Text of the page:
The building we live, work and shop in have a role to play in reaching net zero. The buildings sector needs to reduce its carbon emissions by 5.1 gigatonnes by 2030 if it is to meet net zero by 2050. Investment in the digital infrastructure to make buildings smart such as smart meters at home and in commercial premises (electricity and gas) and integrated heating, ventilation and air conditioning (HVAC) systems could enable a reduction of 2.2 gigatonnes. That’s 43% of the reduction required just though smart technology.
The majority of smart building design and retrofits is in major cities in the UK, US, Dubai and China. This needs to expand rapidly and falling costs should spur adoption more widely alongside construction regulations incorporating energy efficiency guidelines.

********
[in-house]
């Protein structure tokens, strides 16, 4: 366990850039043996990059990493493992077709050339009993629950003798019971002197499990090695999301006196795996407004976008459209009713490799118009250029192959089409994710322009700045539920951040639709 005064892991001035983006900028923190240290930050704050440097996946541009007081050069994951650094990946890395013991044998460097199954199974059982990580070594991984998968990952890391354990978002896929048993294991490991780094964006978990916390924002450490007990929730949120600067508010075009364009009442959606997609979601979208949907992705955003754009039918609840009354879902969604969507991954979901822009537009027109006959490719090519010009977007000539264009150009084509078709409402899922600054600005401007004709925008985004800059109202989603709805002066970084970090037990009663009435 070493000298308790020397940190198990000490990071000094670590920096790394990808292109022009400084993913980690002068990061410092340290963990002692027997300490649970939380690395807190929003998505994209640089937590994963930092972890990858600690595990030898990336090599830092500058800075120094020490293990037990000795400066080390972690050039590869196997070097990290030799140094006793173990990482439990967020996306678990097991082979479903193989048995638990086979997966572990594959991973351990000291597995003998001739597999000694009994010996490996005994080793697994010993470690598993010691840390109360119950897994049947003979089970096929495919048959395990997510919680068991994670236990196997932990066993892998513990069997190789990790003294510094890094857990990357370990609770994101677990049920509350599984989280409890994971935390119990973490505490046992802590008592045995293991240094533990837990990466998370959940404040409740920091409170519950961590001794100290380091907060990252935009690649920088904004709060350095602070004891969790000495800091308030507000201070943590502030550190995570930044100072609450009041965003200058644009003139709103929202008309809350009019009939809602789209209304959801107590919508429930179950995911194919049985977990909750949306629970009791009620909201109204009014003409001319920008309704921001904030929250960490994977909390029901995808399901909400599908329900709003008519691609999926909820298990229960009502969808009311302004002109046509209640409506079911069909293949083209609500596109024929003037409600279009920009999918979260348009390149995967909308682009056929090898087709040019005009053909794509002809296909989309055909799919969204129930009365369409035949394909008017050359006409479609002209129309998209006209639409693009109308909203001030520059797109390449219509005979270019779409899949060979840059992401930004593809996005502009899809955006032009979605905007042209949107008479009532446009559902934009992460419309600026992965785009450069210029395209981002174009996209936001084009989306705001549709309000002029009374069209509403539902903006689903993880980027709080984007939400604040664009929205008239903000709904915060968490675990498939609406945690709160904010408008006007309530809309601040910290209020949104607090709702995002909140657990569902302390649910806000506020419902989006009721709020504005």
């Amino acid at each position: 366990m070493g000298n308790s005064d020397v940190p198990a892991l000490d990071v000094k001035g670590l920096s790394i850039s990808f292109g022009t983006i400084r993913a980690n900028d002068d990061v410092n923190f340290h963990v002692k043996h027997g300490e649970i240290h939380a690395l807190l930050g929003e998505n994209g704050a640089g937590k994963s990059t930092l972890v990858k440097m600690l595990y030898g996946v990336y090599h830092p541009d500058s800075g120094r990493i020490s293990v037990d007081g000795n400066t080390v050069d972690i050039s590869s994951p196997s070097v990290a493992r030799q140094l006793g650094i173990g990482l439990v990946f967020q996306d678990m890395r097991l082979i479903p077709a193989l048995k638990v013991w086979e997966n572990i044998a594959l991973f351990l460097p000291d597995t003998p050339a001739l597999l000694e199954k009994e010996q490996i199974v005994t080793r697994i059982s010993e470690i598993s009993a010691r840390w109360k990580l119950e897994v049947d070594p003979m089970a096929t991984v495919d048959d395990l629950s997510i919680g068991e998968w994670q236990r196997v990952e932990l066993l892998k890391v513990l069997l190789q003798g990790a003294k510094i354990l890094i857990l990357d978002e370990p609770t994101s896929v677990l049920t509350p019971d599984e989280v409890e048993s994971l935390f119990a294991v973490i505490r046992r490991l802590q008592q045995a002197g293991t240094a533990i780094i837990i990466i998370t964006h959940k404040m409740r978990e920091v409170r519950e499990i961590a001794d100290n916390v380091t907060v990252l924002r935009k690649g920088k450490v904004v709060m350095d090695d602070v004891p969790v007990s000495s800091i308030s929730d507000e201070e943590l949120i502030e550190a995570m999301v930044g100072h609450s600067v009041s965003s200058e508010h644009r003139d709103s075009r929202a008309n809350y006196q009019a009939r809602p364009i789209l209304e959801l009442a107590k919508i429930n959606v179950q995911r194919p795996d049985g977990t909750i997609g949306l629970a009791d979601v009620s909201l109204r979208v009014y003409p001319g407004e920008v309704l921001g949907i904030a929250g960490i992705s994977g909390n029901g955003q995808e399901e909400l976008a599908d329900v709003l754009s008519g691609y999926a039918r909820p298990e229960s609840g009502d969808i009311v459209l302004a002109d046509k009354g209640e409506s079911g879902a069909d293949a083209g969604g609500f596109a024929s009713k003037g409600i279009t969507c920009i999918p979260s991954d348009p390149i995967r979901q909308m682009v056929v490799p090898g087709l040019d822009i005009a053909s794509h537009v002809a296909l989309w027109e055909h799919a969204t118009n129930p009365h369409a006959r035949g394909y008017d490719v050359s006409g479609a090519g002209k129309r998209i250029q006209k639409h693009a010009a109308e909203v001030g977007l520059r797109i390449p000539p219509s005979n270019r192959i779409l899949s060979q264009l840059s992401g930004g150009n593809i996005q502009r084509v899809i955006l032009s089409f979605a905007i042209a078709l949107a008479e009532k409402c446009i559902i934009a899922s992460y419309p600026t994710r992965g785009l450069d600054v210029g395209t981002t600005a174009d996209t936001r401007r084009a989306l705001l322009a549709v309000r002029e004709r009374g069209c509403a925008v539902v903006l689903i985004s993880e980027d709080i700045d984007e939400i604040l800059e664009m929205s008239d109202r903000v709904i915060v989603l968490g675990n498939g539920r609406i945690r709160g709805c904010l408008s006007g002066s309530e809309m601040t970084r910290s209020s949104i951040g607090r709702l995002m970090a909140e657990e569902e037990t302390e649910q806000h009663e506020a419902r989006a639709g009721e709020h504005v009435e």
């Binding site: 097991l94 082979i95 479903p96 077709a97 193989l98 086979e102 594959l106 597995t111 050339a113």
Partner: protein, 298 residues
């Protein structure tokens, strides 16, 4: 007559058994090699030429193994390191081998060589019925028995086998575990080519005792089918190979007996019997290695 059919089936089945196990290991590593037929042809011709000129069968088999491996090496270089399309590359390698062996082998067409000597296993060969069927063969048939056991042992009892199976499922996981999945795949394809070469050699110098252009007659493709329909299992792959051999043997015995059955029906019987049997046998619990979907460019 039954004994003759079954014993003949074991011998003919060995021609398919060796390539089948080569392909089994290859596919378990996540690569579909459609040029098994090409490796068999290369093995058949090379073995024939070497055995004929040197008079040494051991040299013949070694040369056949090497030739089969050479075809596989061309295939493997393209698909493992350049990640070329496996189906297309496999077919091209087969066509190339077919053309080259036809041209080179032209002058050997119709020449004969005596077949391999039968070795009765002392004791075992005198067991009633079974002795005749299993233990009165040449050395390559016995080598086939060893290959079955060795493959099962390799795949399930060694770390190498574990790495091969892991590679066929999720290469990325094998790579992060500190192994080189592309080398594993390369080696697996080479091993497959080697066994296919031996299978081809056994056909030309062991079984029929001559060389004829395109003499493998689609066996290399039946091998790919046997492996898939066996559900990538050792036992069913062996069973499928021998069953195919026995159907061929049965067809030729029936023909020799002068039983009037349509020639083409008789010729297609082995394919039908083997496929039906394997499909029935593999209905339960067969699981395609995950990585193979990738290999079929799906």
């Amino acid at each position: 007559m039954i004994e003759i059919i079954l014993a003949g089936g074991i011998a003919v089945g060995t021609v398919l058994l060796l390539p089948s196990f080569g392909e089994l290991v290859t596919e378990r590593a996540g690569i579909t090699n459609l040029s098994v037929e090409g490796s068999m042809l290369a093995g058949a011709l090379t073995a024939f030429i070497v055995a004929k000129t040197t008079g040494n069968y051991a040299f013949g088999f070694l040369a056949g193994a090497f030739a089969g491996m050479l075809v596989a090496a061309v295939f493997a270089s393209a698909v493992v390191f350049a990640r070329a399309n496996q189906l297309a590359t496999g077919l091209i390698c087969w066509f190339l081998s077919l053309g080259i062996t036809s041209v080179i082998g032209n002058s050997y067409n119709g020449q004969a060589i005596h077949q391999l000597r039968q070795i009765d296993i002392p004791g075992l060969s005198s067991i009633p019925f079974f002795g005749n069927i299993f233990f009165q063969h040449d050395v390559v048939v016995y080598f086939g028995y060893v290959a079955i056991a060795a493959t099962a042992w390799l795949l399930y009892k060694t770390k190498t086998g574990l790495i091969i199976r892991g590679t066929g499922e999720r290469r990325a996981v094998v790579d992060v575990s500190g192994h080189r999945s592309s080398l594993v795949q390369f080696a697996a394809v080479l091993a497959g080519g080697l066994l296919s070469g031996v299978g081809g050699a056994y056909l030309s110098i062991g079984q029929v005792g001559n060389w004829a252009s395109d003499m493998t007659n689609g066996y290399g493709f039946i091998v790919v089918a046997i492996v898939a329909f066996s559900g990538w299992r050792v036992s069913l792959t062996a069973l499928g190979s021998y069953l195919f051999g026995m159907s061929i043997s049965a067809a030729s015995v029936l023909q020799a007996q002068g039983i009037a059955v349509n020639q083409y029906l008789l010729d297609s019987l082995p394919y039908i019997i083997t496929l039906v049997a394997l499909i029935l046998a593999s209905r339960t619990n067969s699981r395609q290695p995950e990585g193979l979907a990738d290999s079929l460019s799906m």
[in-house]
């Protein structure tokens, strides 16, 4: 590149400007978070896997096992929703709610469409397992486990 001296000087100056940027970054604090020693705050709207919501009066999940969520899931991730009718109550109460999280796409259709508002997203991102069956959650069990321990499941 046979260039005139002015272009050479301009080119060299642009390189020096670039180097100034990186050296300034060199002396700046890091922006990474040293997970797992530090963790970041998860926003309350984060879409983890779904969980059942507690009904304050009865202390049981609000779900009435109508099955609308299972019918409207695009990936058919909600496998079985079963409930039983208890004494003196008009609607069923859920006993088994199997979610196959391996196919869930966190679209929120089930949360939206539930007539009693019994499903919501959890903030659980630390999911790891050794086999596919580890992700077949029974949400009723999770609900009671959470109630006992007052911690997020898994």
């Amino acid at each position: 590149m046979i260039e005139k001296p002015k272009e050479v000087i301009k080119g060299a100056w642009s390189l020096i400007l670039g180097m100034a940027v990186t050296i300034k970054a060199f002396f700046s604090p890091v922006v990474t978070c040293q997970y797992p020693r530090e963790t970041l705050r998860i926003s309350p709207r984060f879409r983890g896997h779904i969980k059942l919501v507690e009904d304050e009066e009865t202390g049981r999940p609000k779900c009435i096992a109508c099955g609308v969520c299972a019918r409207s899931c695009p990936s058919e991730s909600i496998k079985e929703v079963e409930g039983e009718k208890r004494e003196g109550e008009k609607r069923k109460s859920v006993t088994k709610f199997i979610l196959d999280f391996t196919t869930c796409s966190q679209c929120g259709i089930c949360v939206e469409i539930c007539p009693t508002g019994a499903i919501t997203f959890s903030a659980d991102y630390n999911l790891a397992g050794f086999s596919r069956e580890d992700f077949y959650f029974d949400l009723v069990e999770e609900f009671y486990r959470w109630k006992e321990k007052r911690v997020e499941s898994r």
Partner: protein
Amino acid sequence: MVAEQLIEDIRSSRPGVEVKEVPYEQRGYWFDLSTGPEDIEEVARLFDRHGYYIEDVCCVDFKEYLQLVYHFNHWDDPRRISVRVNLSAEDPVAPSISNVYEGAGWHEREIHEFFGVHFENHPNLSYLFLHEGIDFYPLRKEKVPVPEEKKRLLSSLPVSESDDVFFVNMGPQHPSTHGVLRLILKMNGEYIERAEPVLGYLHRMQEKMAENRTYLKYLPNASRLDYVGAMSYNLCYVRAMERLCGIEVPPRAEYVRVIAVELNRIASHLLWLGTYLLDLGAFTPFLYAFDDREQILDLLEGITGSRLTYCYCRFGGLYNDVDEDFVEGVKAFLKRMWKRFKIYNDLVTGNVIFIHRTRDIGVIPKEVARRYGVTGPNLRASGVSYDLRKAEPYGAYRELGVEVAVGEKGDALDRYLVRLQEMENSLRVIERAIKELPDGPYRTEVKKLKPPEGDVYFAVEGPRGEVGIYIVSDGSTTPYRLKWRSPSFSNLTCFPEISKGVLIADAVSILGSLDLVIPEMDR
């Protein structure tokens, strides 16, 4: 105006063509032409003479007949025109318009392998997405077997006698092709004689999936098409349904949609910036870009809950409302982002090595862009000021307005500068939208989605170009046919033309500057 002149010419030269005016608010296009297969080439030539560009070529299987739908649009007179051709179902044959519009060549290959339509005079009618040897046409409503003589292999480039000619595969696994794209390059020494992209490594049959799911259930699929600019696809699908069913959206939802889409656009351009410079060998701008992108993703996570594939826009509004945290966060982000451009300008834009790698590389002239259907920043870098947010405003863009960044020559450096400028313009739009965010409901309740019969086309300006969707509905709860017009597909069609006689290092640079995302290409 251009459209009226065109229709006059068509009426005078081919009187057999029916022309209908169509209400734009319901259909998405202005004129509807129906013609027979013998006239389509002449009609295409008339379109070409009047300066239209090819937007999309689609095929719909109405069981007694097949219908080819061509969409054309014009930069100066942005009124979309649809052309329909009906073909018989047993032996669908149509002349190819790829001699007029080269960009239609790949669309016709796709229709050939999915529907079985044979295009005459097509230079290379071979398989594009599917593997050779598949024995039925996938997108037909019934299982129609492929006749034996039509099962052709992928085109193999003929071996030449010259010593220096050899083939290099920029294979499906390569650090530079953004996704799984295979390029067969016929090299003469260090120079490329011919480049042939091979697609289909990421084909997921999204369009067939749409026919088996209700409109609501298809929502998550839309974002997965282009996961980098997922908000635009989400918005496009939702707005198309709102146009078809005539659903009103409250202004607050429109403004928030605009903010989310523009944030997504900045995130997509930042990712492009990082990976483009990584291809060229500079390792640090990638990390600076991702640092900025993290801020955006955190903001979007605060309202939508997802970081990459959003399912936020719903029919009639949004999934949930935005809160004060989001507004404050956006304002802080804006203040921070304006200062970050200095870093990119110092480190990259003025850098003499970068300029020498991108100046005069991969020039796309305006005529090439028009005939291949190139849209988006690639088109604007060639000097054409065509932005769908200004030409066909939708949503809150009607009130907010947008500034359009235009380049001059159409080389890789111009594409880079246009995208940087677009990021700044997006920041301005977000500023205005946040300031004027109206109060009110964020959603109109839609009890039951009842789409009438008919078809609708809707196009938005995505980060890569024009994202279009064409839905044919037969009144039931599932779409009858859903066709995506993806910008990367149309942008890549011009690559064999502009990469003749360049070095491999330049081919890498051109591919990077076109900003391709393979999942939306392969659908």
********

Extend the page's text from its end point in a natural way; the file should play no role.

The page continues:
Residential premises have the largest scope for efficiency gains given the declining cost of smart meters, retail energy provider subsidies, and government requirements mandating installations over the next decade, especially in Europe.
The benefits come from a range of systems, including:
The company has used 5G and related cloud technologies to reconstruct an intelligent green aluminum electrolytic factory. Click here to find out more.
AT&T has a portfolio-wide energy savings solution by combining IoT devices and connectivity with cloud computing, diagnostic, monitoring, and analytics platforms. Click on the image to find out more...